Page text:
Agamemnon, King of Mycenae and leader of the Achaeans during the Trojan War

In Greek mythology, the Trojan War was a conflict between the Achaeans and the Trojans. Agamemnon, king of Mycenae and leader of the Achaeans, played a central role in this conflict. In this article, we take a look at Agamemnon's life before and during the Trojan War, and his impact on the history of ancient Greece.

Agamemnon, King of Mycenae

Agamemnon was born into the family of the Atrides, a dynasty of kings who ruled the city of Mycenae during the Bronze Age. He succeeded his father, Atreus, at the head of the kingdom. His brother Menelaus married Helen, the queen of Sparta.

Agamemnon was a powerful and ambitious king. He had many allies among the other kingdoms of ancient Greece. This enabled him to quickly establish himself as the leader of the Achaeans when the Trojan War broke out.

The Trojan War

The Trojan War is a legendary conflict that is said to have taken place around the 13th century BC. The most famous account of this war is Homer's Iliad . The war was caused by the kidnapping of Queen Helen by the Trojan prince Paris .

Agamemnon then assembled an army of skilled warriors and sent them to Troy, where they sought to recover Helen. The war lasted several years, and was marked by many twists and turns.

Agamemnon's leadership

Agamemnon was a respected and feared leader. He had the reputation of being a capable and strategic leader. This reputation was confirmed during the Trojan War.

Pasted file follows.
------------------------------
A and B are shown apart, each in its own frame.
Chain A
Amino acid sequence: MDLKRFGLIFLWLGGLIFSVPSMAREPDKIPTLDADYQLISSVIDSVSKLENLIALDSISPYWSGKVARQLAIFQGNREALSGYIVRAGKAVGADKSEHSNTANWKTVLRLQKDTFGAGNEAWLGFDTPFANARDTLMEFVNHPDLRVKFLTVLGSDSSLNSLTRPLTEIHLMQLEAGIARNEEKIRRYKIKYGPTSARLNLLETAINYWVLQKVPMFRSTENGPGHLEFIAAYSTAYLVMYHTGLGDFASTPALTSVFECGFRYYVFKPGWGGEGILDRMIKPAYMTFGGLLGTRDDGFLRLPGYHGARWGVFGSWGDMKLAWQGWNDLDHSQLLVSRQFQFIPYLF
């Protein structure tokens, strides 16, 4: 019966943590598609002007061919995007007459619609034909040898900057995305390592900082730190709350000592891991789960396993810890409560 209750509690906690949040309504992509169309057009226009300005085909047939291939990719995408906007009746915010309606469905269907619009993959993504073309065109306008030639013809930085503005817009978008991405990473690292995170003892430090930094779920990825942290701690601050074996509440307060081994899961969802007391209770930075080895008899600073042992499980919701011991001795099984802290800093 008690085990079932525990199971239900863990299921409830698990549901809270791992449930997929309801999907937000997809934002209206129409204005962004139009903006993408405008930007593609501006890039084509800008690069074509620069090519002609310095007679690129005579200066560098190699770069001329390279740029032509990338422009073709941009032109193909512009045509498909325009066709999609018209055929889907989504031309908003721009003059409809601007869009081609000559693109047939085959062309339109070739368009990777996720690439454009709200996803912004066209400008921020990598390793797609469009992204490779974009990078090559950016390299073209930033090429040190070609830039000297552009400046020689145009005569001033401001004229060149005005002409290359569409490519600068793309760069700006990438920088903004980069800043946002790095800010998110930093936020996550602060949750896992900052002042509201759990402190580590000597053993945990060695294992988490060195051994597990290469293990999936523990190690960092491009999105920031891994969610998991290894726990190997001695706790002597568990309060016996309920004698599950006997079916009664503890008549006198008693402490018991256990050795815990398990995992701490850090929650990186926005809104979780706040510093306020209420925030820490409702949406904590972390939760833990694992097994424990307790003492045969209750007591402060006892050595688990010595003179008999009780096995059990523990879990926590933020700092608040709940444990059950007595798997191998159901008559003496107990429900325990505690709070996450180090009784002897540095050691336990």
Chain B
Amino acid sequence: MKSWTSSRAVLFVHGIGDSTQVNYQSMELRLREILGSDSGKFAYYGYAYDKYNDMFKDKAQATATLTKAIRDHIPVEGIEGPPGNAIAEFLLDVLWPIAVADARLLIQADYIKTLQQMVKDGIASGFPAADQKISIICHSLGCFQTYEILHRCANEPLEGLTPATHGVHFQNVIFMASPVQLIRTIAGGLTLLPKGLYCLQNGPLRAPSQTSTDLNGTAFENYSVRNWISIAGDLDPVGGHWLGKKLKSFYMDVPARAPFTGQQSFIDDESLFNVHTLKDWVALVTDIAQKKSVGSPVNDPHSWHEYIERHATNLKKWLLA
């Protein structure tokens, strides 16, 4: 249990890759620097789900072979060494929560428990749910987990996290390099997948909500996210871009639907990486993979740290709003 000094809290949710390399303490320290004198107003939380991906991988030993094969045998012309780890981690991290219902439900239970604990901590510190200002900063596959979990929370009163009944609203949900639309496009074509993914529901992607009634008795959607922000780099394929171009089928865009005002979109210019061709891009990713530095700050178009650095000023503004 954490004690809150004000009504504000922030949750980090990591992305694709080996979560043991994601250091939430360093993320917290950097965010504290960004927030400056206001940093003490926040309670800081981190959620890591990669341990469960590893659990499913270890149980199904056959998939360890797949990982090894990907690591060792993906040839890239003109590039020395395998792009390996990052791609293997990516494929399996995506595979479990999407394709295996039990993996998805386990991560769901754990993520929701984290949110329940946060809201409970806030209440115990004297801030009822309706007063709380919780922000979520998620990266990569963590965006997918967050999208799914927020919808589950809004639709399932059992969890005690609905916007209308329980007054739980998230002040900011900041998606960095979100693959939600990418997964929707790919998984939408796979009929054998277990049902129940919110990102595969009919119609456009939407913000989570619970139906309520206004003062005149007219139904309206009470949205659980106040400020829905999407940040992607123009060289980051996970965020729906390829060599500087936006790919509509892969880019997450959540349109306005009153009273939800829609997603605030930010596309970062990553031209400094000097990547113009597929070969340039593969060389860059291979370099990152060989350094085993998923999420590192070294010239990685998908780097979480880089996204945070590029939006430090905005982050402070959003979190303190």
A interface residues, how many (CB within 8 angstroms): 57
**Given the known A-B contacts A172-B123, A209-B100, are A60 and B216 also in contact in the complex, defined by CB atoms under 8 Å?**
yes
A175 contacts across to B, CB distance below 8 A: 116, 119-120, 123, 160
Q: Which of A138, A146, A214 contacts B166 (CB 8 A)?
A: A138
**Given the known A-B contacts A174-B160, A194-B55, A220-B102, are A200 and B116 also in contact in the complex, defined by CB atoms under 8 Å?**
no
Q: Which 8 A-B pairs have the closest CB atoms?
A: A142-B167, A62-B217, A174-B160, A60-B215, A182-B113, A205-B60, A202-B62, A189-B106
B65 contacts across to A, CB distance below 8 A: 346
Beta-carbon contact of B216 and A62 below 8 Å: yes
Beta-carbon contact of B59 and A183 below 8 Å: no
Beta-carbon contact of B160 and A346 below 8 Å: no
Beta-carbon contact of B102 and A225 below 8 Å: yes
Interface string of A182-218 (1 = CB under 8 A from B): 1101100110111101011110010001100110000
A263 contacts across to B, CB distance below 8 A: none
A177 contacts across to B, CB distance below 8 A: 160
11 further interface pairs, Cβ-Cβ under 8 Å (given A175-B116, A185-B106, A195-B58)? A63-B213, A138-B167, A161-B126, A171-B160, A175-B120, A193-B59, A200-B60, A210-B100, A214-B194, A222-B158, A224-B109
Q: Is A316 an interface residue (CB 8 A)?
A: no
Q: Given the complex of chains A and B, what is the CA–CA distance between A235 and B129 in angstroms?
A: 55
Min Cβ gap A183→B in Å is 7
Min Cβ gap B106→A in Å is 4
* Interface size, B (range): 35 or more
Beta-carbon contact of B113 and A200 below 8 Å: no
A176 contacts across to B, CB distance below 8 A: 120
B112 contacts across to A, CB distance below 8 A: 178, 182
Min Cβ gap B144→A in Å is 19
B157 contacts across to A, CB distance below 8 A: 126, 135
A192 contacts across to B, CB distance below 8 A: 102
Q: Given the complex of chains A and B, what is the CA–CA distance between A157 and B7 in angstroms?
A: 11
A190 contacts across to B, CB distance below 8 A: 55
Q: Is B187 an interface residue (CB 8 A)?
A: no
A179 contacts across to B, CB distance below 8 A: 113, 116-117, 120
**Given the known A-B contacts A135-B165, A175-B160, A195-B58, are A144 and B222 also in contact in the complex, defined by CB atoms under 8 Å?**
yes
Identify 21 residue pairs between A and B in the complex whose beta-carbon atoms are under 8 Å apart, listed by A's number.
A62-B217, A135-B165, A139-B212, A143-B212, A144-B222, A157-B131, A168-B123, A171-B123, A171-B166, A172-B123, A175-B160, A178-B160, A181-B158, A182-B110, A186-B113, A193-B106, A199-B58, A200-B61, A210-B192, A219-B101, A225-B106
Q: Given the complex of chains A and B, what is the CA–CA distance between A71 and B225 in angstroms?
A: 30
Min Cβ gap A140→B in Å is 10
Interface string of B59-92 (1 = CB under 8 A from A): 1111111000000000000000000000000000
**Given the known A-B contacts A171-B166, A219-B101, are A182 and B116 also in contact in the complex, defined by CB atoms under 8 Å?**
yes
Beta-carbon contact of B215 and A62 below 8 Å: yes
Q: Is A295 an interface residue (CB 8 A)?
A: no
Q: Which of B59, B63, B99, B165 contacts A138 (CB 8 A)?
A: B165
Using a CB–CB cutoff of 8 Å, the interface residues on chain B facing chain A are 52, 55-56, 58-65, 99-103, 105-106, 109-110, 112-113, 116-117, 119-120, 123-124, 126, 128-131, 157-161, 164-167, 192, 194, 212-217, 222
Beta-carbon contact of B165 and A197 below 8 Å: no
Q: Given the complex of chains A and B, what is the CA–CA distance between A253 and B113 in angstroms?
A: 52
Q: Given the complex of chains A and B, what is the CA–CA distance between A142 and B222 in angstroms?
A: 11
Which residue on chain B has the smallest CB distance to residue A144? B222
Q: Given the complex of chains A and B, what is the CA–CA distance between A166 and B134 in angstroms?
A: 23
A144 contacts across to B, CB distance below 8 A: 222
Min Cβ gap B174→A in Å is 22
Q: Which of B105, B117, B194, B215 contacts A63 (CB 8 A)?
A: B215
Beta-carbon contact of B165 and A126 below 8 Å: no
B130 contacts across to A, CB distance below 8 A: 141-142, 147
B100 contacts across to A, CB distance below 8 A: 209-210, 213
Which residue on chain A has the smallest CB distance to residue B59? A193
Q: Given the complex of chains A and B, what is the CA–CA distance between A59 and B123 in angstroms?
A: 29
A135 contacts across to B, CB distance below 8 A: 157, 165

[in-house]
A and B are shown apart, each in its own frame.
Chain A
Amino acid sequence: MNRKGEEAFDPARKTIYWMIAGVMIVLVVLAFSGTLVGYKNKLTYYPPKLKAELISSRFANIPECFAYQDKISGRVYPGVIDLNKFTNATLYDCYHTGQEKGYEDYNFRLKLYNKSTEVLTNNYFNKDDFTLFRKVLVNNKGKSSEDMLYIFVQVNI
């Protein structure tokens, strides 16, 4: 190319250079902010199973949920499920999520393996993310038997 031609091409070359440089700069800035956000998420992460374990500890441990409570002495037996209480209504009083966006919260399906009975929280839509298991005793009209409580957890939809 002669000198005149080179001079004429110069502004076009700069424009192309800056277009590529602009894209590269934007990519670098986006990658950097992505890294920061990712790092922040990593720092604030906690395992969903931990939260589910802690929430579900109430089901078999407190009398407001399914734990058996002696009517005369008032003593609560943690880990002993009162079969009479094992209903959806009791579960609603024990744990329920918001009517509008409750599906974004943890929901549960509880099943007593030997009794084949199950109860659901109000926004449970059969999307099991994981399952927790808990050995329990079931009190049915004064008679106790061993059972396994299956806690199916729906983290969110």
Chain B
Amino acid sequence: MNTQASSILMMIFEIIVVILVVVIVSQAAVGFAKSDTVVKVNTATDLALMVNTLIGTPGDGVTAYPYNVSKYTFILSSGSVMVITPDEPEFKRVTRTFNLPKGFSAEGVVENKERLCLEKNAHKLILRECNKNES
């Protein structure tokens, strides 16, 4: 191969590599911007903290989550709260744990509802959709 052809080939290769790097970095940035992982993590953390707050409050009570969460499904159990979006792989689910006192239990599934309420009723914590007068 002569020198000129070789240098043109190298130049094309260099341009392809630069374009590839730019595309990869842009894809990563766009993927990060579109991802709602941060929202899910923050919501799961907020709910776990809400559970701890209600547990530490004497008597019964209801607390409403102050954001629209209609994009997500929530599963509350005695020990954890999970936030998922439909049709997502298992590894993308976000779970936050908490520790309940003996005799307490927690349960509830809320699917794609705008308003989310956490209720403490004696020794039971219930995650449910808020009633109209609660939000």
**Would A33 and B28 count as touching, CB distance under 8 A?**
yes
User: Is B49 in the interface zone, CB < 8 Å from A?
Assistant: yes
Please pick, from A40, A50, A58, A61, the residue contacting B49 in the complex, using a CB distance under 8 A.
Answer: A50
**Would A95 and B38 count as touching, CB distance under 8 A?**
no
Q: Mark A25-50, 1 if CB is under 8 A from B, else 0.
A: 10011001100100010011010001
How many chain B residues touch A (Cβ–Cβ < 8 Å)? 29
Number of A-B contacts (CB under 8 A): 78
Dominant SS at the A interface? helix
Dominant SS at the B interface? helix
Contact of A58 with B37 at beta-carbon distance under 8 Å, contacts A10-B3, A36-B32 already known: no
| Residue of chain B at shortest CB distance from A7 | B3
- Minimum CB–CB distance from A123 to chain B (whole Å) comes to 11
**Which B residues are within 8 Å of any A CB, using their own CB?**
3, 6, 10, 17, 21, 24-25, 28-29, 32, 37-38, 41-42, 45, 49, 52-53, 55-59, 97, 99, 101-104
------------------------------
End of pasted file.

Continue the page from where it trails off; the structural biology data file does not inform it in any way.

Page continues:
The king of Mycenae made difficult decisions, such as sacrificing his daughter Iphigenia to appease the gods. This decision was necessary to ensure that the Achaeans could take advantage of the favorable winds to reach Troy.

During the war, Agamemnon kept discipline in his troops, avoiding defections and maintaining their motivation at the highest level. He was thus able to lead the Achaeans to victory.

Agamemnon's conflicts

Despite these feats, Agamemnon encountered conflicts within his army. The most famous of these was with Achilles, the Achaeans' most fearsome warrior.

Achilles was extremely jealous of Agamemnon's place as leader of the army, and the king of Mycenae was unable to manage this rivalry. He decided to take the princess Briseis, Achilles' war booty, for himself. This decision provoked Achilles' anger and led him to leave the field of battle.

The aftermath of the war and Agamemnon's death

After the war, Agamemnon returned to Mycenae as a hero. However, his glory was short-lived. He was murdered by his wife, Clytemnestra, and her lover, Aegisthe, who sought to take possession of the throne.

Agamemnon's death marked the end of the Atreides dynasty. This tragedy was seen as a warning to the kings of the time, who sought to avoid suffering the same fate.


Agamemnon is an important figure in Greek mythology. His role as leader of the Achaeans during the Trojan War enabled him to demonstrate his leadership qualities, but also to encounter difficulties, notably with Achilles. His impact on the history of ancient Greece was considerable, notably through the end of the Atreides dynasty.